Politics

Kaczyński criticises Orbán’s approach to Ukraine: “we cannot cooperate if it continues”


Jarosław Kaczyński, the leader of Poland’s ruling party, has criticised Hungarian Prime Minister Viktor Orbán, a close and longstanding ally, for his approach to the war in Ukraine. The Polish leader warned that they “cannot cooperate” with Hungary anymore unless it changes tack.

“I must admit that it is all very sad,” said Kaczyński in an interview with Radio Plus today. “My assessment is unequivocal: negative.”

“When Prime Minister Orbán says that he does not see exactly what happened in Bucha [where evidence of Russian mass killings of civilians have been discovered], he must be advised to go to an ophthalmologist,” continued the Law and Justice (PiS) party chairman. “It is disappointing.”

“We cannot continue to cooperate [with Orbán] as we have so far if it continues like this,” said Kaczyński today. “[A positive] change [in relations] would be a very good thing, but only if Viktor Orbán changes.”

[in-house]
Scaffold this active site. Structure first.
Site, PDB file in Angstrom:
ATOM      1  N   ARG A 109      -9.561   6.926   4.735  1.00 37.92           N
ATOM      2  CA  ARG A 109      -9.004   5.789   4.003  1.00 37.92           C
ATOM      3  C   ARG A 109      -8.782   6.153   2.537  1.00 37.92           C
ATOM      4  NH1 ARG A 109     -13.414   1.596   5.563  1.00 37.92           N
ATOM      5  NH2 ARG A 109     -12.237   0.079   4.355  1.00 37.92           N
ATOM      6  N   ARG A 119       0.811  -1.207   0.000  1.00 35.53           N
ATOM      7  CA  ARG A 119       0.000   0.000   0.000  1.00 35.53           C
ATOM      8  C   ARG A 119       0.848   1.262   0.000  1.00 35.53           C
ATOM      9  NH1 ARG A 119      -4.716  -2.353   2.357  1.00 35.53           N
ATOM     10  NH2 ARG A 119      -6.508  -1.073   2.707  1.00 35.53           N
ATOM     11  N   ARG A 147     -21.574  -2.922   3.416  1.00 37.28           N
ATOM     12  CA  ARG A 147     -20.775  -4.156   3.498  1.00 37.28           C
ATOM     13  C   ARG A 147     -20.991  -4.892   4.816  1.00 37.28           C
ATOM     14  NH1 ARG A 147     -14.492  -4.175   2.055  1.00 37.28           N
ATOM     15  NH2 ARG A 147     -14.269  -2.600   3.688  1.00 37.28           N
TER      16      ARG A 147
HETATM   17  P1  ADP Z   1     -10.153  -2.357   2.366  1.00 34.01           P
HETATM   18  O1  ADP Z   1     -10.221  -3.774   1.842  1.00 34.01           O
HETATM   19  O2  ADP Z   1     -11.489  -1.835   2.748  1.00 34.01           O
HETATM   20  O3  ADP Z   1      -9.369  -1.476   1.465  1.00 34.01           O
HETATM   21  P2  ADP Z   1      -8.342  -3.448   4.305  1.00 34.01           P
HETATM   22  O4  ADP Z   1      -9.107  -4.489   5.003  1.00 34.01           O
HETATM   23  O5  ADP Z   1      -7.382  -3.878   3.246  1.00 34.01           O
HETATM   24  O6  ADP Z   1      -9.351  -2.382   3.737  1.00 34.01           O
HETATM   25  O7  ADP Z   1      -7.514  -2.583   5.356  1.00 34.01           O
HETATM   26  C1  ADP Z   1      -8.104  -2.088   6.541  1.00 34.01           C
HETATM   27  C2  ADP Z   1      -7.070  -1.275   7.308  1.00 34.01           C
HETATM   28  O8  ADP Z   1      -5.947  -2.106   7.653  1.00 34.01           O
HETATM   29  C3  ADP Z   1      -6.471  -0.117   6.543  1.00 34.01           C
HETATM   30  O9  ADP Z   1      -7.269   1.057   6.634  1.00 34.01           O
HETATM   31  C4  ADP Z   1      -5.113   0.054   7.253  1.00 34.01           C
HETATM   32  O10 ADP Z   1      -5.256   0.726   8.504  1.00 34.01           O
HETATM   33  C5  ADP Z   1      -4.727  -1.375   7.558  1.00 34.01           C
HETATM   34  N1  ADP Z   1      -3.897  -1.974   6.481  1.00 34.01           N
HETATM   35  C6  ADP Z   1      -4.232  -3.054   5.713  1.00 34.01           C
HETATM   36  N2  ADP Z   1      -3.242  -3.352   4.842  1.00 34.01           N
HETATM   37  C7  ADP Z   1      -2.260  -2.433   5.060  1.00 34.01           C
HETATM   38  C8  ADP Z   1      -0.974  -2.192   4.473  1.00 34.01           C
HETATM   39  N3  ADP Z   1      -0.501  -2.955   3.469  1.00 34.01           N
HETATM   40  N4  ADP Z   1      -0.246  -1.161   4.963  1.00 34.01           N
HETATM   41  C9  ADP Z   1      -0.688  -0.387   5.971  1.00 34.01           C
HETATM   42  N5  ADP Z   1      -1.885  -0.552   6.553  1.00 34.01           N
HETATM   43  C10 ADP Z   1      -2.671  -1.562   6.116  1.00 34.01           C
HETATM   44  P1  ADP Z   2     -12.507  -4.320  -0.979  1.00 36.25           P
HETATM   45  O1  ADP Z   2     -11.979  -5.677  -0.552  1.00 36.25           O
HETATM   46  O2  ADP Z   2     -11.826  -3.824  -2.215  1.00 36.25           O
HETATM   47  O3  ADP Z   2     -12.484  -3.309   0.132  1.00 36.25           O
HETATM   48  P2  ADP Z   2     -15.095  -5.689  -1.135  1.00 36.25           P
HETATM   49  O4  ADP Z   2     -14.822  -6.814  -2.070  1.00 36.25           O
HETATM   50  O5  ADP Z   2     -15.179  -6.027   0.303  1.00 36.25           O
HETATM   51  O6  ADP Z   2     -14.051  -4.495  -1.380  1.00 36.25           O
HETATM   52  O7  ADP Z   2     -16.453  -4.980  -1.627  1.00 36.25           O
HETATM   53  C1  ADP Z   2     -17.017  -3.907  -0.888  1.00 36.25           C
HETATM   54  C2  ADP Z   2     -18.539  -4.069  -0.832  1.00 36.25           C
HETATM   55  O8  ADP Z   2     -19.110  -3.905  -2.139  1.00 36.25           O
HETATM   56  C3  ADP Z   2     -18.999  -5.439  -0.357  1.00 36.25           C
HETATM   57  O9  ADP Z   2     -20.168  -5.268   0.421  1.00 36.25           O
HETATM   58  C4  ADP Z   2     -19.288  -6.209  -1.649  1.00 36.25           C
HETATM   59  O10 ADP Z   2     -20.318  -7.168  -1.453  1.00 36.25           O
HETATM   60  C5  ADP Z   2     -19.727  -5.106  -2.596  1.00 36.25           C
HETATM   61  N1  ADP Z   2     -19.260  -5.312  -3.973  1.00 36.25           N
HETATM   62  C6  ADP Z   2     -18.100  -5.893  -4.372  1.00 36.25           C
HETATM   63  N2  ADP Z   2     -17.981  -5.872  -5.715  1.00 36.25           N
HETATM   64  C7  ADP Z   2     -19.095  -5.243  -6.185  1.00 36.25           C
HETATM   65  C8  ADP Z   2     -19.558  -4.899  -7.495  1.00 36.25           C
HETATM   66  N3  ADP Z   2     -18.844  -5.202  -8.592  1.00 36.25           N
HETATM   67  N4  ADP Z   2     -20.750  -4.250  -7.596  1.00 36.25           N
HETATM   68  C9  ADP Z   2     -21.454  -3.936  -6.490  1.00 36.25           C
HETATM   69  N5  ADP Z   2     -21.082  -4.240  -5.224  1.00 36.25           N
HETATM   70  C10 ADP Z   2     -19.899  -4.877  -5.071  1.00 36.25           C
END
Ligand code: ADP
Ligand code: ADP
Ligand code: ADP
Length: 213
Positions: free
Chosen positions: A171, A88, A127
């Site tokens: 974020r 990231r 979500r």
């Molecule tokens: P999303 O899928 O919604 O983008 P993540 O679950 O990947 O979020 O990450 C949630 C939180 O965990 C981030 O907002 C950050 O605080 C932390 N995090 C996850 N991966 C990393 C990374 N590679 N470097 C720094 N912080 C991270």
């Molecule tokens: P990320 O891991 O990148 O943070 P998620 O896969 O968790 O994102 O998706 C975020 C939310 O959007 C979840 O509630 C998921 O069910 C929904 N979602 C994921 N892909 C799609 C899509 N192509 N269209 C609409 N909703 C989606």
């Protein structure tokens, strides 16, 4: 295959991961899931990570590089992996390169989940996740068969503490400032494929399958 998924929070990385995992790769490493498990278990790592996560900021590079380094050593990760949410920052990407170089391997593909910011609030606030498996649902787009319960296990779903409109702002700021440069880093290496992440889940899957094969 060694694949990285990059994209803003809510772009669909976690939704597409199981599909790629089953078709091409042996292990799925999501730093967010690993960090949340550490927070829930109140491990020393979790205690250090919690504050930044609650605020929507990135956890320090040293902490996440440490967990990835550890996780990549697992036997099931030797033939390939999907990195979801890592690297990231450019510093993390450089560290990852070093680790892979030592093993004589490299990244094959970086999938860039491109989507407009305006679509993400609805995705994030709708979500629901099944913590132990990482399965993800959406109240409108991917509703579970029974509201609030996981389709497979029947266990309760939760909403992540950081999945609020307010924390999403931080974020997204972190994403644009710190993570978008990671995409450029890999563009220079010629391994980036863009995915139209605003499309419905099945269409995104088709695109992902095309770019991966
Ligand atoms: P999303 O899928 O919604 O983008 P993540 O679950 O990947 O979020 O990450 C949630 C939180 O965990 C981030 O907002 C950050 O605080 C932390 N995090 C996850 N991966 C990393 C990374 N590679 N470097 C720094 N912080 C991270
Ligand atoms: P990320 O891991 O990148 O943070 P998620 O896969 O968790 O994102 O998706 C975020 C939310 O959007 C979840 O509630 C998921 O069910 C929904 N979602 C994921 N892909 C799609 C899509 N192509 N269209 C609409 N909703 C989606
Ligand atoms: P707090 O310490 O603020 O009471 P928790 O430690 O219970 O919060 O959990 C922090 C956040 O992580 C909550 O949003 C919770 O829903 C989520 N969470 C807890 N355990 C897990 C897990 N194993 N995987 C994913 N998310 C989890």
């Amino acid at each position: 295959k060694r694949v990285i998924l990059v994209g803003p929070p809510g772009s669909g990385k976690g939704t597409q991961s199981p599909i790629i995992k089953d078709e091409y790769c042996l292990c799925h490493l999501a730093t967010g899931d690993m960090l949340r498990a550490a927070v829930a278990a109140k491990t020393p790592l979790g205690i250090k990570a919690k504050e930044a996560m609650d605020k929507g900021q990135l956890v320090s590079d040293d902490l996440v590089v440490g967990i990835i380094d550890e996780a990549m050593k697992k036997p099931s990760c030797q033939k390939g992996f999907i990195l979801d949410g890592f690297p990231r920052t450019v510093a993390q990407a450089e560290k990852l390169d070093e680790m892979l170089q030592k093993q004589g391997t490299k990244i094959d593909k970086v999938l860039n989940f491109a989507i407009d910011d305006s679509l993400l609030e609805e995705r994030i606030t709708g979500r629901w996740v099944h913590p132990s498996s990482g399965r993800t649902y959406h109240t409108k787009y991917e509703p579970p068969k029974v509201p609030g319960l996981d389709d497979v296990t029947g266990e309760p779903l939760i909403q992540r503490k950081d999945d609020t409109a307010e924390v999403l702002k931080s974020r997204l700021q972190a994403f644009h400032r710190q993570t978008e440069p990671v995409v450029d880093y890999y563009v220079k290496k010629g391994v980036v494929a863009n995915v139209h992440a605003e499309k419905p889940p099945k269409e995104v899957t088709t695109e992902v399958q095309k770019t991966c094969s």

Poland calls for tough response to Russia’s “genocide” in Ukraine

On Wednesday, when asked about Bucha, Orbán said that all claims need to be independently verified because “we live in a time of mass manipulation”, reports Polsat News. That hinted at Russian claims that evidence of civilian killings there has been manufactured by Ukraine.

Orbán also said that he would block any attempts to impose EU sanctions on Russian gas and oil, as they would “kill Hungary”. By contrast, the Polish government has pledged to end all Russian energy imports this year and has pushed for an EU-wide embargo.

In his victory speech after winning a fourth term on Sunday, Orbán identified Ukraine’s President Volodymyr Zelensky – who has been critical of Hungary’s approach to the war – as one of the “opponents” he had to overcome in winning re-election.

Kaczyński’s comments today mark the clearest criticism so far of Hungary’s position on the Ukraine war by a Polish government figure. While PiS has condemned Western countries – particularly Germany – for their approach to Russia, they have so far remained reluctant to criticise their Hungarian allies.

PiS and Orbán’s Fidesz, both national conservative parties, have long been close ideological allies. They have also cooperated in opposing attempts by the European Union to introduce sanctions for rule-of-law violations and, in 2015-16, to distribute refugees between member states.

Recent years have also seen Kaczyński and Orbán seek to forge closer links between right-wing and far-right leaders in the EU, including France’s Marine Le Pen and Italy’s Matteo Salvini. That has resulted in PiS facing criticism from its domestic opposition for forming alliances with parties sympathetic towards the Kremlin.

Main image credit: KPRM (under CC BY 3.0 PL)





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